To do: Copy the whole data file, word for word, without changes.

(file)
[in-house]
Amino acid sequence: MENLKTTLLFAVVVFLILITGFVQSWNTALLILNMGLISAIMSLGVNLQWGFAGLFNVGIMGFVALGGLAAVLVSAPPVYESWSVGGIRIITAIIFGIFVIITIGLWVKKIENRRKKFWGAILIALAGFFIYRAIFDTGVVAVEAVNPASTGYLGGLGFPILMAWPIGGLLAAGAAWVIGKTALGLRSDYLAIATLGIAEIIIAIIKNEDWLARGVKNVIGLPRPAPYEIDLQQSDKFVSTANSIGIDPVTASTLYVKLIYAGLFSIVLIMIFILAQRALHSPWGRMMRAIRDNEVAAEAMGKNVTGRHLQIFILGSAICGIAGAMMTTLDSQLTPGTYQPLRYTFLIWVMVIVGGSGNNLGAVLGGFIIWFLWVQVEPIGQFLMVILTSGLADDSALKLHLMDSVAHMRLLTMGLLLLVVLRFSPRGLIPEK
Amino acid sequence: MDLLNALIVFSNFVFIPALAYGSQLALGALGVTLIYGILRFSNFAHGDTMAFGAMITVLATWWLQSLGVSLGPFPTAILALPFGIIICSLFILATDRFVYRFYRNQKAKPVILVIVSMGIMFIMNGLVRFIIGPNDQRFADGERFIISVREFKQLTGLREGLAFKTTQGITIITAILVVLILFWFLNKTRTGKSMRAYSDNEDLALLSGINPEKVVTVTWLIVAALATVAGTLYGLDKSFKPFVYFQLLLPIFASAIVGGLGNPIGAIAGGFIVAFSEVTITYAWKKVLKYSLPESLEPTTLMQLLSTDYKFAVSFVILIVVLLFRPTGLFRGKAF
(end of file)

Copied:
[in-house]
Amino acid sequence: MENLKTTLLFAVVVFLILITGFVQSWNTALLILNMGLISAIMSLGVNLQWGFAGLFNVGIMGFVALGGLAAVLVSAPPVYESWSVGGIRIITAIIFGIFVIITIGLWVKKIENRRKKFWGAILIALAGFFIYRAIFDTGVVAVEAVNPASTGYLGGLGFPILMAWPIGGLLAAGAAWVIGKTALGLRSDYLAIATLGIAEIIIAIIKNEDWLARGVKNVIGLPRPAPYEIDLQQSDKFVSTANSIGIDPVTASTLYVKLIYAGLFSIVLIMIFILAQRALHSPWGRMMRAIRDNEVAAEAMGKNVTGRHLQIFILGSAICGIAGAMMTTLDSQLTPGTYQPLRYTFLIWVMVIVGGSGNNLGAVLGGFIIWFLWVQVEPIGQFLMVILTSGLADDSALKLHLMDSVAHMRLLTMGLLLLVVLRFSPRGLIPEK
Amino acid sequence: MDLLNALIVFSNFVFIPALAYGSQLALGALGVTLIYGILRFSNFAHGDTMAFGAMITVLATWWLQSLGVSLGPFPTAILALPFGIIICSLFILATDRFVYRFYRNQKAKPVILVIVSMGIMFIMNGLVRFIIGPNDQRFADGERFIISVREFKQLTGLREGLAFKTTQGITIITAILVVLILFWFLNKTRTGKSMRAYSDNEDLALLSGINPEKVVTVTWLIVAALATVAGTLYGLDKSFKPFVYFQLLLPIFASAIVGGLGNPIGAIAGGFIVAFSEVTITYAWKKVLKYSLPESLEPTTLMQLLSTDYKFAVSFVILIVVLLFRPTGLFRGKAF